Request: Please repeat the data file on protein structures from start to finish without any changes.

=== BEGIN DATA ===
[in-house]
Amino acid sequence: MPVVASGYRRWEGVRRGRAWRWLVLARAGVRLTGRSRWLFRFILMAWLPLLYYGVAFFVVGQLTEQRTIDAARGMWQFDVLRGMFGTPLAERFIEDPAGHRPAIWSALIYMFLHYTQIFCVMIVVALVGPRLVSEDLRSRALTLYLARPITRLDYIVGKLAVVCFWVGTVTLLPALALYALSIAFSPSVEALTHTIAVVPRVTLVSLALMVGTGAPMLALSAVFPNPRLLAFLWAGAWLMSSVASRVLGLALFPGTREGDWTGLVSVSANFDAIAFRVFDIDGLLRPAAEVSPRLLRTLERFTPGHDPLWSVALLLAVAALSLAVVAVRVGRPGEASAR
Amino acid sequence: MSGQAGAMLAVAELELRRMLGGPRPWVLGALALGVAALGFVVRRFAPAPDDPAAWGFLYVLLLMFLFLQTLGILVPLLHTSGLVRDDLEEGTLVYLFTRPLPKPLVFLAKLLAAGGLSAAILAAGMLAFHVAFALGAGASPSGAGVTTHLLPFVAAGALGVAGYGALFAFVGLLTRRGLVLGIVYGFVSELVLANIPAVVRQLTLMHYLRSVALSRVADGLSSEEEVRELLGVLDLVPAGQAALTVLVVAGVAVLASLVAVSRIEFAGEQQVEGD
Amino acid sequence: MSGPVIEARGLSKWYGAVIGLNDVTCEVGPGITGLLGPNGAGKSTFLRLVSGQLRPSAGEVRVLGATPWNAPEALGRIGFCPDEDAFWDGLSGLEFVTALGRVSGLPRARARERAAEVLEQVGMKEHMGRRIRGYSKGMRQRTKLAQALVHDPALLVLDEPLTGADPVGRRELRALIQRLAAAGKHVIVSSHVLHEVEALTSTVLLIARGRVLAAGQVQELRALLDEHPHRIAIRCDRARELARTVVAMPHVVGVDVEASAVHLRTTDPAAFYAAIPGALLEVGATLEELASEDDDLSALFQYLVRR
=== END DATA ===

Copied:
[in-house]
Amino acid sequence: MPVVASGYRRWEGVRRGRAWRWLVLARAGVRLTGRSRWLFRFILMAWLPLLYYGVAFFVVGQLTEQRTIDAARGMWQFDVLRGMFGTPLAERFIEDPAGHRPAIWSALIYMFLHYTQIFCVMIVVALVGPRLVSEDLRSRALTLYLARPITRLDYIVGKLAVVCFWVGTVTLLPALALYALSIAFSPSVEALTHTIAVVPRVTLVSLALMVGTGAPMLALSAVFPNPRLLAFLWAGAWLMSSVASRVLGLALFPGTREGDWTGLVSVSANFDAIAFRVFDIDGLLRPAAEVSPRLLRTLERFTPGHDPLWSVALLLAVAALSLAVVAVRVGRPGEASAR
Amino acid sequence: MSGQAGAMLAVAELELRRMLGGPRPWVLGALALGVAALGFVVRRFAPAPDDPAAWGFLYVLLLMFLFLQTLGILVPLLHTSGLVRDDLEEGTLVYLFTRPLPKPLVFLAKLLAAGGLSAAILAAGMLAFHVAFALGAGASPSGAGVTTHLLPFVAAGALGVAGYGALFAFVGLLTRRGLVLGIVYGFVSELVLANIPAVVRQLTLMHYLRSVALSRVADGLSSEEEVRELLGVLDLVPAGQAALTVLVVAGVAVLASLVAVSRIEFAGEQQVEGD
Amino acid sequence: MSGPVIEARGLSKWYGAVIGLNDVTCEVGPGITGLLGPNGAGKSTFLRLVSGQLRPSAGEVRVLGATPWNAPEALGRIGFCPDEDAFWDGLSGLEFVTALGRVSGLPRARARERAAEVLEQVGMKEHMGRRIRGYSKGMRQRTKLAQALVHDPALLVLDEPLTGADPVGRRELRALIQRLAAAGKHVIVSSHVLHEVEALTSTVLLIARGRVLAAGQVQELRALLDEHPHRIAIRCDRARELARTVVAMPHVVGVDVEASAVHLRTTDPAAFYAAIPGALLEVGATLEELASEDDDLSALFQYLVRR